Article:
06:17.61
podcomm
Right.

06:22.54
Rob Slater
Perhaps even overlay them and look at the differences and see what the improvements are what the if if things are getting worse and if potentially we could just go backwards in the treatment if necessary and then record again and see if the yeah if the recordings improve. Ah.

06:25.33
podcomm
From ah.

06:38.83
podcomm
Yeah, or pause at 1 step like whoa that you know what you thought what you thought as a orthodontist would be a small change. That’s a big deal for him. Okay, let’s just sit here for weeks or months while he relearns to play each step of the way.

06:41.69
Rob Slater
So.

06:46.29
Rob Slater
Um, yeah, and what what’s actually come out of this is that because when you’ve got teeth which are very crowded create spaces that are actually closed up a little bit when you have the aligner in and so he’s. I said well surely you know you just take your aligners out. Um, you know how many hours a day are you playing you know because you need to wear the aligners and he said no I’m actually playing with the aligners in so so he’s found that there’s more benefit to him having the aligners in so that’s reducing air escape.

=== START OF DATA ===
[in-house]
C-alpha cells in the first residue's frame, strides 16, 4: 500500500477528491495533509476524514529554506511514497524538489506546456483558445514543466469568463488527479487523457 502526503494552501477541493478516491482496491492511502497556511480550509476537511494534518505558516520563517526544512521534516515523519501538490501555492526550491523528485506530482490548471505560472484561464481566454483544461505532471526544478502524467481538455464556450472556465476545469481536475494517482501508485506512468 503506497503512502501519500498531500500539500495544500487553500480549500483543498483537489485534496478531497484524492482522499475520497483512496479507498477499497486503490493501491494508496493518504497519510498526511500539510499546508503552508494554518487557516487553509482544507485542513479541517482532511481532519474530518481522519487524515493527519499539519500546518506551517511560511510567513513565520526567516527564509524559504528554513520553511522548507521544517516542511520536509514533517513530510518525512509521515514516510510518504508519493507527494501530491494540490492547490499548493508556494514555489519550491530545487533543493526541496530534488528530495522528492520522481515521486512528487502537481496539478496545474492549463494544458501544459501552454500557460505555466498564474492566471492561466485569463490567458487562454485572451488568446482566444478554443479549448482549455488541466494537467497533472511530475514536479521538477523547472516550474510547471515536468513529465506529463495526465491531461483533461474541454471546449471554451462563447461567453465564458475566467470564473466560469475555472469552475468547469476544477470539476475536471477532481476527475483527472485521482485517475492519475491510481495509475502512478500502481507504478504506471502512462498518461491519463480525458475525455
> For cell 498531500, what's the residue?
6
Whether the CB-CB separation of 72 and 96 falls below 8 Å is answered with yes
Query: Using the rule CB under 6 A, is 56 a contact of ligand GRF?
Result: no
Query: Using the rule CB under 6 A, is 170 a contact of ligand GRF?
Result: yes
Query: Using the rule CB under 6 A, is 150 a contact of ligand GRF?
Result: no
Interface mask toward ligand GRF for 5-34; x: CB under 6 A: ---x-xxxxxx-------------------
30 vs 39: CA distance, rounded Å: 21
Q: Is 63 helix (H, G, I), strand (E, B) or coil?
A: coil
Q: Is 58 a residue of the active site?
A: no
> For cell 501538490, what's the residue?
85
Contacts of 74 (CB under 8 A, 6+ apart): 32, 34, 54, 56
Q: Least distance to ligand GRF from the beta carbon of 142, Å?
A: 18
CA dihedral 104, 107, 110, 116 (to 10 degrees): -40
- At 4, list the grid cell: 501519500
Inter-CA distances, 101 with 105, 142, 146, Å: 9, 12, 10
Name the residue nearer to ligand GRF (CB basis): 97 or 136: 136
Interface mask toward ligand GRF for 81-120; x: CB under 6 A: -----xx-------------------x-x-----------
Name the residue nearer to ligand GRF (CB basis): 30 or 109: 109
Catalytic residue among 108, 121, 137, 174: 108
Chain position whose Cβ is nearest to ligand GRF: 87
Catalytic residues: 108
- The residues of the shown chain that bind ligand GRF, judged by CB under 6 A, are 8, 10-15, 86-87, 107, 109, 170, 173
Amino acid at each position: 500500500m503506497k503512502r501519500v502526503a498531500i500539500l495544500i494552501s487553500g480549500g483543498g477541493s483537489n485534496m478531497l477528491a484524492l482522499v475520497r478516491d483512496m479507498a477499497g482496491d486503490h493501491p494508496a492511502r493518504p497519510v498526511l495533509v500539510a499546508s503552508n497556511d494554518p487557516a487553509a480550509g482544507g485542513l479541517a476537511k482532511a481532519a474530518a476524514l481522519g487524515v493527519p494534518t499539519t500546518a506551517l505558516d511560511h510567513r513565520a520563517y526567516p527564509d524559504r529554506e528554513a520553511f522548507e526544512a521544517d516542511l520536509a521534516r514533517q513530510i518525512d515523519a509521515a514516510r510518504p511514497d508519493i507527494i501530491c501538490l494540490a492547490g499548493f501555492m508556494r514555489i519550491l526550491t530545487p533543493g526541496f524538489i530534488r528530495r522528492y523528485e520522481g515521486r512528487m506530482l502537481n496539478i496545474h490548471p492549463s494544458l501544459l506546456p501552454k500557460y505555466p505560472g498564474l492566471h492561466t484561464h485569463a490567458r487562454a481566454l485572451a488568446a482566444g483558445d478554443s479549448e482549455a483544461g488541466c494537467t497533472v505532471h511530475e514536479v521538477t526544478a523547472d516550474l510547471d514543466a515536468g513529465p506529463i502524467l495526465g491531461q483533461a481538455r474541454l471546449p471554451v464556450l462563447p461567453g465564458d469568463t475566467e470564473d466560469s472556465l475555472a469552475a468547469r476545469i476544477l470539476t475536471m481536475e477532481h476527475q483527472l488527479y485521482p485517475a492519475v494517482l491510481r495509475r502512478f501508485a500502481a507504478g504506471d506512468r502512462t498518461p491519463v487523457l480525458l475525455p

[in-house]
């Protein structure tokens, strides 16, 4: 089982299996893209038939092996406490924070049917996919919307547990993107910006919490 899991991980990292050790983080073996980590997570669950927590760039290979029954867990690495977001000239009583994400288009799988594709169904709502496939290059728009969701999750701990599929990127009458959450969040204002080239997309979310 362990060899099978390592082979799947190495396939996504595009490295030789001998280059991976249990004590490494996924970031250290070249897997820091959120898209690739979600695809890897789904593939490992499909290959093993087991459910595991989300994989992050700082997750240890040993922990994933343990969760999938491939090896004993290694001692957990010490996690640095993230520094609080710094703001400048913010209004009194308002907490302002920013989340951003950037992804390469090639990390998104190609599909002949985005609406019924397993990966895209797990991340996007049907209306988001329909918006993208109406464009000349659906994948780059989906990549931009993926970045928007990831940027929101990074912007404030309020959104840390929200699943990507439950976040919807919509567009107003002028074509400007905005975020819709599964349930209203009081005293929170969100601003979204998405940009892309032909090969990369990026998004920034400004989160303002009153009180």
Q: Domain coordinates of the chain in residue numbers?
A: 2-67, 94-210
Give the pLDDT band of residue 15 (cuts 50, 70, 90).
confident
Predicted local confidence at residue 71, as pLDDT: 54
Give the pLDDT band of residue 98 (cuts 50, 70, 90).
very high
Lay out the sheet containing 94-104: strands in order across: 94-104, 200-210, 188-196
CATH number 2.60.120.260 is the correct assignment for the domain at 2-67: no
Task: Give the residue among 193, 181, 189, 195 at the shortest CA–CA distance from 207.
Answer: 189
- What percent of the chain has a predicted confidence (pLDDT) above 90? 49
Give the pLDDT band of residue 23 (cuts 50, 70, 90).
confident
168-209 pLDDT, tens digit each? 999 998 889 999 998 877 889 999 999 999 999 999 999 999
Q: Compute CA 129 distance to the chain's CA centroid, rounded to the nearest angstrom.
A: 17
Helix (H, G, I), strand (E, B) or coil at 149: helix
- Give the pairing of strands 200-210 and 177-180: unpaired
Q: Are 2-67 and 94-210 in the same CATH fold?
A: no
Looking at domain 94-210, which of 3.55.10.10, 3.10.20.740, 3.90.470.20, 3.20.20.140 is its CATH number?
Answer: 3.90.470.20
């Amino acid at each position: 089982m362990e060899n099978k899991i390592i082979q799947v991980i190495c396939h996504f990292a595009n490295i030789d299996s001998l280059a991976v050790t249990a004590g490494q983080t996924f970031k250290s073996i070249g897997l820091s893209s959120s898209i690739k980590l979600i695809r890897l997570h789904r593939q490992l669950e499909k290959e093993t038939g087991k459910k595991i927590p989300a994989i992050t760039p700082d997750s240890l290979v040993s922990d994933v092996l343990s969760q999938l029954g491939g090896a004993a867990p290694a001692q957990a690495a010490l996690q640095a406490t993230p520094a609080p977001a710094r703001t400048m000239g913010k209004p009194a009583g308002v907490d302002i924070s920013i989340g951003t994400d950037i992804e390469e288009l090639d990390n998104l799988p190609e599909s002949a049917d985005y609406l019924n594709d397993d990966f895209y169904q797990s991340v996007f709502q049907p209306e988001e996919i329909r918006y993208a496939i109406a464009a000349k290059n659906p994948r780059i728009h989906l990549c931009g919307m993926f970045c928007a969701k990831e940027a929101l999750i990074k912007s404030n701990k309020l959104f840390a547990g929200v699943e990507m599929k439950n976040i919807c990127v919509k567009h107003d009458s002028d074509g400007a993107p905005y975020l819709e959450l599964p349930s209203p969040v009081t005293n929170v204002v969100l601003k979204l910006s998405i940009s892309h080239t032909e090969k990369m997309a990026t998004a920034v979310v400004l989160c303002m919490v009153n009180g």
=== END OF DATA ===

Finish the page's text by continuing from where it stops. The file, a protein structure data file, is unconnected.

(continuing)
07:13.41
podcomm
Huh.

07:20.86
Rob Slater
To leaving them out so when he played he keep he kept them in and it’s just those very very high notes that he has difficulty with but there hasn’t been any deterioration and he thinks now he’s getting better with the yeah with the aligners so that.

07:30.31
podcomm